Tea, Oil, Milk

Pam’s Pictorama Photo Post: This mystifying little photo was one of the more random purchases at my postcard convention foray a few months back. These gents seem to be enjoying a private joke of sorts with their marked bottles of booze, tea, oil, milk – those on the table and the presumably dead soldiers (which appear to be champagne bottles) on the ground around it. There is nothing written on the reverse of the card and it was never mailed. It is a bit amateurish with the feet on one cut off and his head grazing the top of the frame, but it is very jolly and even sort of ambitious in its own way.

It’s a silly little postcard, but in some regards it illustrates what I love about this period of photography. Photography was novel enough that people would take the trouble to put together a whole scenario and pose for such photos. A statement of themselves and of purpose as such. In this case it is about boozing for these somewhat formally attired gentlemen represent their beverages as tea and milk and then the third bottle – of oil. The idea of getting oiled we’ll assume? Google tells me that the term is originally of British origin, for getting drunk of course, and perhaps derived from the thought behind a well oiled machine. Makes me think a bit of Popeye cartoons for some reason, although admittedly there was not booze in those. Although he had Olive Oyl of course, – a special oil, er Oyl unto herself! There was an Oyl family and Olive had siblings named Castor and Crude; my memory is that, for better or worse, they do not play a significant role in the strip however.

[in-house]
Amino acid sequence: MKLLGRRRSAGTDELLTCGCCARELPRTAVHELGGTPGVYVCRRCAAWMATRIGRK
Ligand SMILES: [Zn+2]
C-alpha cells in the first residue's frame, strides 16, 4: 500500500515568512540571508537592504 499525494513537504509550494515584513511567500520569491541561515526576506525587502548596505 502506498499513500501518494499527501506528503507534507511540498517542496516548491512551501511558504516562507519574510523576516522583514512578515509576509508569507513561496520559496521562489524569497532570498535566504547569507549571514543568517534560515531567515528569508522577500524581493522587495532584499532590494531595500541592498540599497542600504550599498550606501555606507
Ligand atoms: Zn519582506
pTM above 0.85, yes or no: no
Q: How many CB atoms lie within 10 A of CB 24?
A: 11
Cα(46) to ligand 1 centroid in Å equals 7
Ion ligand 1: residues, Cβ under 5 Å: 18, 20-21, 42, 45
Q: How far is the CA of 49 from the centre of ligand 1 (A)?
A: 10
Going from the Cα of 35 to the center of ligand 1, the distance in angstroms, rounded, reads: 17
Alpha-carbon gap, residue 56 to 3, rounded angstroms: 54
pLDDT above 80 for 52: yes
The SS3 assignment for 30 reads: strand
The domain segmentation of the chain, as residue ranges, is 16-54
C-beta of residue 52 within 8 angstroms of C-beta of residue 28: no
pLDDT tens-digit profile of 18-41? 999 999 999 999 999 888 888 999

The photo postcard phenomena makes up the lion’s share of my collection. Either journeymen photographers who would take the image and presumably send it to the recipient later – or do a fast developing in a, more often than not, worn bucket of developer resulting in a faded image years later. One like this seems more homemade – both in the intention and execution, and I imagine it was a kit or something like a friend with a camera where the photos were sent off to be developed and printed on the postcard stock. We’ll imagine that a merry time was had by all in the making of this photo – meanwhile, it is hard to imagine people setting themselves up to take such a photo today, despite the ease of photo taking and ever present selfies that abound. Perhaps just one way the world is a tiny bit less fun than it once was.

 

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